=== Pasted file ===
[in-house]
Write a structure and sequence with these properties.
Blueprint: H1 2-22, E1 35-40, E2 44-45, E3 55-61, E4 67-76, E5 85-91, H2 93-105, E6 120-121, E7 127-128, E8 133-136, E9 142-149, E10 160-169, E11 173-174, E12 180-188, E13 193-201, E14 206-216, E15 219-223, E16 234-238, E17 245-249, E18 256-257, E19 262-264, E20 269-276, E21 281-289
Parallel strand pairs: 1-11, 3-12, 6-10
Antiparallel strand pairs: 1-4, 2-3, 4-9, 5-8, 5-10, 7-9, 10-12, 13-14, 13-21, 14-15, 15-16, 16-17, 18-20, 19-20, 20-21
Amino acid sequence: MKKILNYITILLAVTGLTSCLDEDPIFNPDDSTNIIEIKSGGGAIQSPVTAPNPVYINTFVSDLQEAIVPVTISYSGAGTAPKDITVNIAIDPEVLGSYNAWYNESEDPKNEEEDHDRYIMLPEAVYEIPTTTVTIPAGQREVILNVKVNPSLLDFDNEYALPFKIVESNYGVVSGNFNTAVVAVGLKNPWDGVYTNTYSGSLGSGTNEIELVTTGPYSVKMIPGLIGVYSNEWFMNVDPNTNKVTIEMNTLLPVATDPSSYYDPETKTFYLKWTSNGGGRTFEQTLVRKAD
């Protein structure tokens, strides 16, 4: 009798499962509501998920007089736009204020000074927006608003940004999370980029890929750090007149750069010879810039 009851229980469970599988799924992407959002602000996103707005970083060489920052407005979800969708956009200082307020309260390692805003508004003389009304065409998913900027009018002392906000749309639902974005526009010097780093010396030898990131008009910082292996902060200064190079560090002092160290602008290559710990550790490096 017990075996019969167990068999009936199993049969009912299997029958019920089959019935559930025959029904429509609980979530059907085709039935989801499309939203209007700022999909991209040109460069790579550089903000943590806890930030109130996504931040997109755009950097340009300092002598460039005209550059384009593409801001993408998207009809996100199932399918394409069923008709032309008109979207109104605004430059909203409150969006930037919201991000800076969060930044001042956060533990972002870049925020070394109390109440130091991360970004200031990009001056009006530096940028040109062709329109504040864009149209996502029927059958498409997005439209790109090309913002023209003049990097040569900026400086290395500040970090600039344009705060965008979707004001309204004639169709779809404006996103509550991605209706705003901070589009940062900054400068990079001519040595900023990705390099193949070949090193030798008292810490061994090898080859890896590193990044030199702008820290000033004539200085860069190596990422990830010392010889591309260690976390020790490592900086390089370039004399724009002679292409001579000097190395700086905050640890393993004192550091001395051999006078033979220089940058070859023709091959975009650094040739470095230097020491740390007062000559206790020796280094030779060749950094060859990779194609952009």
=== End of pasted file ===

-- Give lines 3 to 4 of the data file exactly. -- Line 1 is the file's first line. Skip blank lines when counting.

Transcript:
Blueprint: H1 2-22, E1 35-40, E2 44-45, E3 55-61, E4 67-76, E5 85-91, H2 93-105, E6 120-121, E7 127-128, E8 133-136, E9 142-149, E10 160-169, E11 173-174, E12 180-188, E13 193-201, E14 206-216, E15 219-223, E16 234-238, E17 245-249, E18 256-257, E19 262-264, E20 269-276, E21 281-289
Parallel strand pairs: 1-11, 3-12, 6-10